Fellowes paper Shredders. Caveat Emptor

When Peter Costello spread his largesse by giving all businesses the princely sum of $200 each to help cover the costs ot preparing for the commencement of the GST in 2000, we received 3 x $200 vouchers for our 3 companies.

We used part of it to but a Fellowes paper shredder from Officeworks in June, 2000, and it never missed a beat until it dropped dead a week ago.

We went to Officeworks on Sunday and automatically bought another Fellowes based on our 20+ years of trouble free use.

Big mistake.

The new one did not last for 24 hours. It developed a paper jam which we could not resolve after cutting less than a bin full of paper.

I looked at the listing on Officeworks, and to my horror, saw the scathing reviews, primarily regarding paper jams.

I returned to Officeworks today and the person at the entrance asked if I just wanted to swap it over to which I replied that I wanted to get something better.

He said to pick out what I wanted and take the old and new ones to the checkout.

I choose this one which I had already searched before leaving home today.

The lady at the checkout asked if I had the receipt and happily processed the changeover.

No arguements, no dramas, no problems with not having the packaging.

Well done Officeworks.

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As for the Fellowes shredder.

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For what it is worth we had a huge heap of papers to shred when we retired. We bought a large shredder but it was a tedious job. The solution; get a large bucket, almost fill it with papers, add a few teaspoons of detergent and top it up it with water. Leave it for 2 weeks stirring and using your hands occasionally to pulp the papers. After 2 weeks you have a bucket of unreadable paper pulp, essentially reversing the reaction to make paper.
Check it has no readable paper, tip it out on the lawn to dry and put it into the recycle bin in a big dry lump.

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No paper goes to waste at my house. I shred it and add it to my compost pile. It breaks down quickly when mixed with kitchen scraps and a little bit of old compost. I add a three inch layer to my vegetable beds once a year. No other fertilizer is added. The home made compost feeds the soil microbiome which then makes the nutrients plant available. For full details of this “no dig” way of gardening look up Youtube for videos made by Charles Dowding.

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OT but I have a confetti style shredder. I shred everything I can that is suitable and give it to my local animal rescue. Better that than in the recycling bin.

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One should never place shredded (stands or confetti) paper into a domestic recycling bin (some specialised office based paper only collection services can handle and accept shredded paper). It becomes a nightmare at the MURF and causes no end of trouble causing blockages and contamination of other recyclables. It is possible that if the shredded paper makes up a significant proportion of the material in the truck’s bin, the whole of the trucks load may be diverted to landfill.

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I was not aware of that so we will put in in the green bin from now on or take it to NQRA who accept it for recycling.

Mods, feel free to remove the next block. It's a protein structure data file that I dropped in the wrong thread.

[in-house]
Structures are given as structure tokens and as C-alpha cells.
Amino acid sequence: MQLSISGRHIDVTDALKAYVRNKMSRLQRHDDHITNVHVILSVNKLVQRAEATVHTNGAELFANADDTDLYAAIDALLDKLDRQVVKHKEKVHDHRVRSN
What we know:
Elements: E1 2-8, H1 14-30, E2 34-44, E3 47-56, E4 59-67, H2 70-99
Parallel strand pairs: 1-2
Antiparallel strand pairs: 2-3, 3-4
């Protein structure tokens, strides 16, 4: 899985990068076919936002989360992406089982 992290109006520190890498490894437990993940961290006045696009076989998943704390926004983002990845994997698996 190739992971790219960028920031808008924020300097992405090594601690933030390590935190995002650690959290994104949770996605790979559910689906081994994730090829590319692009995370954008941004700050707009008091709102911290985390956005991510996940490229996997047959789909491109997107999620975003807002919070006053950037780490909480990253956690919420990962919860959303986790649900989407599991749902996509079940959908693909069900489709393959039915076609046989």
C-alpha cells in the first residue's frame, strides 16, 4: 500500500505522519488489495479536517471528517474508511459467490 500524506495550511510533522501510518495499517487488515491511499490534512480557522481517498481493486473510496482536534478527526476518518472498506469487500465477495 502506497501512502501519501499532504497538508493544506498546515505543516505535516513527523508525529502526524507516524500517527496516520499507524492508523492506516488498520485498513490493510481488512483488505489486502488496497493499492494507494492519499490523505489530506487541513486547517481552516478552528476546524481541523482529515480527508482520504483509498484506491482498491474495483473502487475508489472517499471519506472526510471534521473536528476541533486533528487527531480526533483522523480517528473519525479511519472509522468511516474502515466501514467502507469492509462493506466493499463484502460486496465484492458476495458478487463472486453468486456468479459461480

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For clarity I confetti shred it and give it to animal rescue INSTEAD OF putting it whole in the recycling bin. As you correctly point out putting any shredded paper in the regular recycling bin is counter productive, big time.

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What a great idea! I have a ton of papers that need shredding and although my Fellowes shredder is still working years later, I just dread the boring job ahead.

And oh yeah, not for the recycling, it has to go in the trash.

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In the green bin (organics, garden waste), not the red bin (garbage, to landfill) or the yellow bin (recycling) - granted that bin colours may differ from state to state and council area to council area.

All assuming that you don’t dispose of it on your own property e.g. compost bin.

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Some green grocers, kennels, kindergarten etc often will take shredded paper for use in their businesses. It is worth contacting them also if you want to give the paper another use before composting etc.

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I don’t think we are allowed to put that kind of thing in our green bin. garden waste only…

OK, I can do that, When I get round to shredding. Some has been waiting 10 years, so… no rush…

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As always, check with your specific council.

Some councils definitely say that shredded paper goes in the FOGO bin e.g. https://www.whichbin.sa.gov.au/tips/shredded-paper-is-good-to-go-in-the-green-bin

FOGO == Food Organics Garden Organics i.e. broader than just garden waste.

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Important then to keep the shredding of paper to strictly paper. Some shredders also deal with plastic inserts and things like Credit Cards, which don’t make for happy “organic” mulching.

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And check the paper doesn’t have a plastic coating or plastic component (e.g. windowed envelope). Some of these may be accepted in a recycling bin unshredded. Check with your council or waste collection contractor.

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Great idea. I know from experience that animal shelters need heaps of shredded paper for rabbits, guinea pigs, and cat litter trays.
And they need lots of newspaper too.

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